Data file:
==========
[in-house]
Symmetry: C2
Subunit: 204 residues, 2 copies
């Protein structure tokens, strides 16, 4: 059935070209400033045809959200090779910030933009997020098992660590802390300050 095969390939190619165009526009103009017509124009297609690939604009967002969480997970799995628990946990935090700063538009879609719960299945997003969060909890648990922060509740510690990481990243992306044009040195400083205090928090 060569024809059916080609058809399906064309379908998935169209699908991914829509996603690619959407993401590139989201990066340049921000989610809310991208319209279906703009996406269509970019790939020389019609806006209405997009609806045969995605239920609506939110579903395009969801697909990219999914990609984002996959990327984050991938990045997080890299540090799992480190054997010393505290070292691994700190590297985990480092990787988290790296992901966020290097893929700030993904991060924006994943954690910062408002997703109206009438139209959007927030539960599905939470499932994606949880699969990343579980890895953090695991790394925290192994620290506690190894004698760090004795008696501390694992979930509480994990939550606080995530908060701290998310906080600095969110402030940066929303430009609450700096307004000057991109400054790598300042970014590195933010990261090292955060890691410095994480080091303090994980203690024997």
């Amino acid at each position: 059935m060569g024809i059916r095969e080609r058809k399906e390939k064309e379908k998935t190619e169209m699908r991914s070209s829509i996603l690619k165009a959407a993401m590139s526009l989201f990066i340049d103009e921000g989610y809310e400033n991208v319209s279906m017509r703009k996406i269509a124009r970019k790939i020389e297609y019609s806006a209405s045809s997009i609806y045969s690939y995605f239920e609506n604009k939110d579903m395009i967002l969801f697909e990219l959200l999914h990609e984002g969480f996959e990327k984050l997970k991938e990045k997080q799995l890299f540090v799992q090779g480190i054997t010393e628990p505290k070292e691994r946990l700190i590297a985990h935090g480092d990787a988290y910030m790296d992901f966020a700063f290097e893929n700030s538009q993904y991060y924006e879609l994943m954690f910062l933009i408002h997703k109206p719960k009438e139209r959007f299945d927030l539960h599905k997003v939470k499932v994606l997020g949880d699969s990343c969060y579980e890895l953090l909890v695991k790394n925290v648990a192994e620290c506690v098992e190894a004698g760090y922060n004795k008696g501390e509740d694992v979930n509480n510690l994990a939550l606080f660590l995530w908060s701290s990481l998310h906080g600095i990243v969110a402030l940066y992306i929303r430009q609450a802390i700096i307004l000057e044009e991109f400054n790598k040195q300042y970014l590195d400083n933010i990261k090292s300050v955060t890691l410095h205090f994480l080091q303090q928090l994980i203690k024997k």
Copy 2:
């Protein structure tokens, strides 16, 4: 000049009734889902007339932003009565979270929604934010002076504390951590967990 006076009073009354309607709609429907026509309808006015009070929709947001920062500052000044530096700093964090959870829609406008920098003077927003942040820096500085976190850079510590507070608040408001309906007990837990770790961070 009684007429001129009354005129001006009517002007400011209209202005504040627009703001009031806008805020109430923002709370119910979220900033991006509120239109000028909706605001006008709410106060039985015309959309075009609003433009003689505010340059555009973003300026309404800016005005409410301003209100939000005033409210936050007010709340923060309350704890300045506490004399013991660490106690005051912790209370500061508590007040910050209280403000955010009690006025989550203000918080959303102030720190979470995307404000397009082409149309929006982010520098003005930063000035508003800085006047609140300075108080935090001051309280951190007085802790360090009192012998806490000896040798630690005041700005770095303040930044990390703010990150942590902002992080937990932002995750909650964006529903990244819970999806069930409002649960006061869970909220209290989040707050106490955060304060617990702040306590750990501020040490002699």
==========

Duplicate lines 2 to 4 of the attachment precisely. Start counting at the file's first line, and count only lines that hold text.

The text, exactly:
Symmetry: C2
Subunit: 204 residues, 2 copies
């Protein structure tokens, strides 16, 4: 059935070209400033045809959200090779910030933009997020098992660590802390300050 095969390939190619165009526009103009017509124009297609690939604009967002969480997970799995628990946990935090700063538009879609719960299945997003969060909890648990922060509740510690990481990243992306044009040195400083205090928090 060569024809059916080609058809399906064309379908998935169209699908991914829509996603690619959407993401590139989201990066340049921000989610809310991208319209279906703009996406269509970019790939020389019609806006209405997009609806045969995605239920609506939110579903395009969801697909990219999914990609984002996959990327984050991938990045997080890299540090799992480190054997010393505290070292691994700190590297985990480092990787988290790296992901966020290097893929700030993904991060924006994943954690910062408002997703109206009438139209959007927030539960599905939470499932994606949880699969990343579980890895953090695991790394925290192994620290506690190894004698760090004795008696501390694992979930509480994990939550606080995530908060701290998310906080600095969110402030940066929303430009609450700096307004000057991109400054790598300042970014590195933010990261090292955060890691410095994480080091303090994980203690024997």